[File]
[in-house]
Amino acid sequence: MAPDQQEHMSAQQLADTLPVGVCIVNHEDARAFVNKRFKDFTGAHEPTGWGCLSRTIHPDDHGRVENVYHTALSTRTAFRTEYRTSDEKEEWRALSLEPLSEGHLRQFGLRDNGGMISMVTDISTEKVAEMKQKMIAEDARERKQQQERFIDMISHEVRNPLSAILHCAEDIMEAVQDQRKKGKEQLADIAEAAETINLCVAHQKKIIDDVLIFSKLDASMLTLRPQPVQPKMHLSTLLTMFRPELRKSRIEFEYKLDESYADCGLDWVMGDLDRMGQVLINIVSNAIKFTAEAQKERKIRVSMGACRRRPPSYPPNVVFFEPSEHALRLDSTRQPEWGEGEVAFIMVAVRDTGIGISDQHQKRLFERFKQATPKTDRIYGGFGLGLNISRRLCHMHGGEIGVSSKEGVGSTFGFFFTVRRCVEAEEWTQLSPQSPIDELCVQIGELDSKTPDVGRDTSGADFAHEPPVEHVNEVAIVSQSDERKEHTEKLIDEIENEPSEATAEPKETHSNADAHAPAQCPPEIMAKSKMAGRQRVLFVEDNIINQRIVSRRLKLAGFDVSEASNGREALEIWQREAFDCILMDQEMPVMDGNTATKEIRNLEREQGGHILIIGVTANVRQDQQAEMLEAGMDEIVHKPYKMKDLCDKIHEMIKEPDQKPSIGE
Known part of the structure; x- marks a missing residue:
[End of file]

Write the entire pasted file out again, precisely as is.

[in-house]
Amino acid sequence: MAPDQQEHMSAQQLADTLPVGVCIVNHEDARAFVNKRFKDFTGAHEPTGWGCLSRTIHPDDHGRVENVYHTALSTRTAFRTEYRTSDEKEEWRALSLEPLSEGHLRQFGLRDNGGMISMVTDISTEKVAEMKQKMIAEDARERKQQQERFIDMISHEVRNPLSAILHCAEDIMEAVQDQRKKGKEQLADIAEAAETINLCVAHQKKIIDDVLIFSKLDASMLTLRPQPVQPKMHLSTLLTMFRPELRKSRIEFEYKLDESYADCGLDWVMGDLDRMGQVLINIVSNAIKFTAEAQKERKIRVSMGACRRRPPSYPPNVVFFEPSEHALRLDSTRQPEWGEGEVAFIMVAVRDTGIGISDQHQKRLFERFKQATPKTDRIYGGFGLGLNISRRLCHMHGGEIGVSSKEGVGSTFGFFFTVRRCVEAEEWTQLSPQSPIDELCVQIGELDSKTPDVGRDTSGADFAHEPPVEHVNEVAIVSQSDERKEHTEKLIDEIENEPSEATAEPKETHSNADAHAPAQCPPEIMAKSKMAGRQRVLFVEDNIINQRIVSRRLKLAGFDVSEASNGREALEIWQREAFDCILMDQEMPVMDGNTATKEIRNLEREQGGHILIIGVTANVRQDQQAEMLEAGMDEIVHKPYKMKDLCDKIHEMIKEPDQKPSIGE
Known part of the structure; x- marks a missing residue: